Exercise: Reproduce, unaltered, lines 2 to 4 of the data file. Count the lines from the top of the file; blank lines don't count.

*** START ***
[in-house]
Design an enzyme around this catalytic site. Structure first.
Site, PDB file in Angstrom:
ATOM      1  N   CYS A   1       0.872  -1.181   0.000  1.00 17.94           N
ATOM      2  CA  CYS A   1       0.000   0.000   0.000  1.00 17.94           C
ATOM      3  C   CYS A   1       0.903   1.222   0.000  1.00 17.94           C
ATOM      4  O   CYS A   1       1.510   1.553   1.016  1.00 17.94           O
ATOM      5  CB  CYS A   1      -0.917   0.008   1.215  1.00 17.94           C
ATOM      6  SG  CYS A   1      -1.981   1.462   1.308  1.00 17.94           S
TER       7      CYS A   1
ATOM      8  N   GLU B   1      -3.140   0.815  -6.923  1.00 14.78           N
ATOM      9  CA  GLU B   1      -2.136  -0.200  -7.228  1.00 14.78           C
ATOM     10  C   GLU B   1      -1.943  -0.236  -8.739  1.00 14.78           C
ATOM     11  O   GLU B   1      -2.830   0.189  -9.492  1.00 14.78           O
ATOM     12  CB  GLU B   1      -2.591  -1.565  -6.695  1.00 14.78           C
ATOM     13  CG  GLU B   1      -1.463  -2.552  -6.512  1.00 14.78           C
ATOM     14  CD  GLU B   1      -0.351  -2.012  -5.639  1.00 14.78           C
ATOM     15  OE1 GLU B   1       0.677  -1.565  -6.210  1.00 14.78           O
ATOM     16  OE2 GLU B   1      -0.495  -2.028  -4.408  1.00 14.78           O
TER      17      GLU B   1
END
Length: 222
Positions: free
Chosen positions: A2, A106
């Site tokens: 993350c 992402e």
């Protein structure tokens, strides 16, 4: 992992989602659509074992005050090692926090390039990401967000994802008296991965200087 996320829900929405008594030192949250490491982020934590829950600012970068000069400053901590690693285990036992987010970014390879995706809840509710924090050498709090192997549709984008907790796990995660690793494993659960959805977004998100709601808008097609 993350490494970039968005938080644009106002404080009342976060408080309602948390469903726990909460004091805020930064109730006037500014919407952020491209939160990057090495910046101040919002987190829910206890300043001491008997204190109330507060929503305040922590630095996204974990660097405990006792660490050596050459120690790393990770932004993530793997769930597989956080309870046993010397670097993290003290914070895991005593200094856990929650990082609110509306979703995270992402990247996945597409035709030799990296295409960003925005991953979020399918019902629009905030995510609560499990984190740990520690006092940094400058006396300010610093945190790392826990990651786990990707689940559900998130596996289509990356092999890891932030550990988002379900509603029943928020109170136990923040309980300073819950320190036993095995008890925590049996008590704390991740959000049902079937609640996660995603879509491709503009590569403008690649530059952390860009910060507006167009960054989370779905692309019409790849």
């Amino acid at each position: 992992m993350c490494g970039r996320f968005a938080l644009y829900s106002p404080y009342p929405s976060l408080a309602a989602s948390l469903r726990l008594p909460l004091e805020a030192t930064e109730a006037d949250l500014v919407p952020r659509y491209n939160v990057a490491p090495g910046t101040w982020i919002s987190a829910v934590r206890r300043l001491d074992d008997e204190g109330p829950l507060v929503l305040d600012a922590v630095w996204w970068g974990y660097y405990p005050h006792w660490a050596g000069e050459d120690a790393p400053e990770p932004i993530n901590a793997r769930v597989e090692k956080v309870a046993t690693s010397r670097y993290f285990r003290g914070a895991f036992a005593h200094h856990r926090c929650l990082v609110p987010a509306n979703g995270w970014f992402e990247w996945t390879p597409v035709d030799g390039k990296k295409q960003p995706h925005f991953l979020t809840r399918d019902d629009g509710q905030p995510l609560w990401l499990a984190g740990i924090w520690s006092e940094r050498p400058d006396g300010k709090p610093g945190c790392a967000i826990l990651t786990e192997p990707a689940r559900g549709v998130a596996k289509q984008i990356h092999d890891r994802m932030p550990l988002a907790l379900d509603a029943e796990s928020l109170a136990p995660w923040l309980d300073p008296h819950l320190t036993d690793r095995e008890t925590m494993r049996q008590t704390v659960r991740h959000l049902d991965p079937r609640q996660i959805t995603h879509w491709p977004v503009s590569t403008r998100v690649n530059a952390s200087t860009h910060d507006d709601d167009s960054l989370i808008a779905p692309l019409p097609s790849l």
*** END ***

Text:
Design an enzyme around this catalytic site. Structure first.
Site, PDB file in Angstrom:
ATOM      1  N   CYS A   1       0.872  -1.181   0.000  1.00 17.94           N